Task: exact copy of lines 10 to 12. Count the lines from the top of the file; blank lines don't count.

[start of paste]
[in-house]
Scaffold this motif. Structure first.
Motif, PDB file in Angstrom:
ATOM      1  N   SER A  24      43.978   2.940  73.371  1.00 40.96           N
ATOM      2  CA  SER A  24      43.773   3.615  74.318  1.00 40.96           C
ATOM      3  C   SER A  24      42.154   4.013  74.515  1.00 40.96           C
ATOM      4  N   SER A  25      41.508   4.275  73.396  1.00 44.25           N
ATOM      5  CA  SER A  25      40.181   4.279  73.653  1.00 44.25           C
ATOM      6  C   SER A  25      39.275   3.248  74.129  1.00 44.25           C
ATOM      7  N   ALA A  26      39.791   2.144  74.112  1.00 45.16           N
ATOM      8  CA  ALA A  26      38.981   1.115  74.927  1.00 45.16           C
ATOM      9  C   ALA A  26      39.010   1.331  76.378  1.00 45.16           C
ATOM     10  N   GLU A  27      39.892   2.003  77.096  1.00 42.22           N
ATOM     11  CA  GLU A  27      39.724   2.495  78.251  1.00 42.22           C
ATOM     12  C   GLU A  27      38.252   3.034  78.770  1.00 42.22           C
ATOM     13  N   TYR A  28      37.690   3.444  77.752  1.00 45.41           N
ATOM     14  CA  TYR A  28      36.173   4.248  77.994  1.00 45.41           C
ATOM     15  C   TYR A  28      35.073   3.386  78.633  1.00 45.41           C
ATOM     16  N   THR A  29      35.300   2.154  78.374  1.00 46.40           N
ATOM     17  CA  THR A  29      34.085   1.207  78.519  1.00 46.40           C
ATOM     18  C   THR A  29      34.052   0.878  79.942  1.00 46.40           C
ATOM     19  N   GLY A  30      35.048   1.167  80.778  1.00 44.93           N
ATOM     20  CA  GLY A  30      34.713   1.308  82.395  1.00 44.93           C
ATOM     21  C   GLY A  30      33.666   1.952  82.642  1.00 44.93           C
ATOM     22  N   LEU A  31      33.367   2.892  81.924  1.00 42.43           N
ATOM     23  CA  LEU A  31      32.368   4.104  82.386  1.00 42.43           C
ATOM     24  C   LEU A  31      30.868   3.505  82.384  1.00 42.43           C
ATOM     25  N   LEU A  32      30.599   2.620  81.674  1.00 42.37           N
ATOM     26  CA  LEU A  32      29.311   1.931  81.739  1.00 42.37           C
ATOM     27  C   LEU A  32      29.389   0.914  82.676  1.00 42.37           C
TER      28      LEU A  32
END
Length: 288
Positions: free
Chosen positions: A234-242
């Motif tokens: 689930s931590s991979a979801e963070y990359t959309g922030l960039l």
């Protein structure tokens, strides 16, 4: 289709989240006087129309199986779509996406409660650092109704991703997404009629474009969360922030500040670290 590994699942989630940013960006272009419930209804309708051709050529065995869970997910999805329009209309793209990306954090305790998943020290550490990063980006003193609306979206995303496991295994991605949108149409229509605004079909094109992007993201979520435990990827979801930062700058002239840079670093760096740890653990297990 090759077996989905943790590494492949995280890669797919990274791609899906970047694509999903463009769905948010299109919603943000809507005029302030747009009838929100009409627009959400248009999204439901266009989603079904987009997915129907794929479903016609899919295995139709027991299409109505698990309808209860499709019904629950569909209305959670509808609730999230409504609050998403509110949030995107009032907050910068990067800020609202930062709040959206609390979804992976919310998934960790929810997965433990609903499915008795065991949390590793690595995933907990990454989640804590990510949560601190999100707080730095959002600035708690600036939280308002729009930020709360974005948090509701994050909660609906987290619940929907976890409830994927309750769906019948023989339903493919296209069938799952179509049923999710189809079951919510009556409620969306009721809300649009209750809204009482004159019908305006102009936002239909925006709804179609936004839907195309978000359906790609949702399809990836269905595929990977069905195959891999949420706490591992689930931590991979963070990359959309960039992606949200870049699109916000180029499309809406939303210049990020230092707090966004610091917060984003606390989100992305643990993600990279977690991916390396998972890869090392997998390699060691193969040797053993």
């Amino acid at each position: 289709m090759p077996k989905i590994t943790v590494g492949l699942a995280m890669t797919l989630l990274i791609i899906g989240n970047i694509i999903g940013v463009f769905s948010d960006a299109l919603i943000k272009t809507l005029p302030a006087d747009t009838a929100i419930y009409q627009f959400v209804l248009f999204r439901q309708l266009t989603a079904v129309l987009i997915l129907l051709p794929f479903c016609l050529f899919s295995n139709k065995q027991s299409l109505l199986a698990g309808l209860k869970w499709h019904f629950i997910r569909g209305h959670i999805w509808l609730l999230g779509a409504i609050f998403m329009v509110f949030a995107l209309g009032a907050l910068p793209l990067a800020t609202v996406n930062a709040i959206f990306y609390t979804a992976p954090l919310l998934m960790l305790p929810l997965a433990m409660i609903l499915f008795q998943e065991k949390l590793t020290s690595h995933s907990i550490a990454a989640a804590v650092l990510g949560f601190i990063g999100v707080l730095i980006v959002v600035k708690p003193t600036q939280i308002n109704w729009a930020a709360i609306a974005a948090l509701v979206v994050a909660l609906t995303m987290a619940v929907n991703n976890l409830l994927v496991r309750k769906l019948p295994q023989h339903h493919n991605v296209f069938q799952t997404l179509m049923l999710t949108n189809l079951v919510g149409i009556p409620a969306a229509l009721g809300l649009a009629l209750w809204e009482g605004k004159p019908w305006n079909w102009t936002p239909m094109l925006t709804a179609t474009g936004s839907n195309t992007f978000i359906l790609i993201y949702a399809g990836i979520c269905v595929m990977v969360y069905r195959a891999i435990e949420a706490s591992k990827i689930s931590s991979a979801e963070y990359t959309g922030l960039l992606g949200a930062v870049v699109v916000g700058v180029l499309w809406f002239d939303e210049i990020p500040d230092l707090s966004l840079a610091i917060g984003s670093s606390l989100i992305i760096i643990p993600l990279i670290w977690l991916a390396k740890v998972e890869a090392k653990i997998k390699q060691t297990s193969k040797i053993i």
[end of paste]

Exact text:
ATOM      7  N   ALA A  26      39.791   2.144  74.112  1.00 45.16           N
ATOM      8  CA  ALA A  26      38.981   1.115  74.927  1.00 45.16           C
ATOM      9  C   ALA A  26      39.010   1.331  76.378  1.00 45.16           C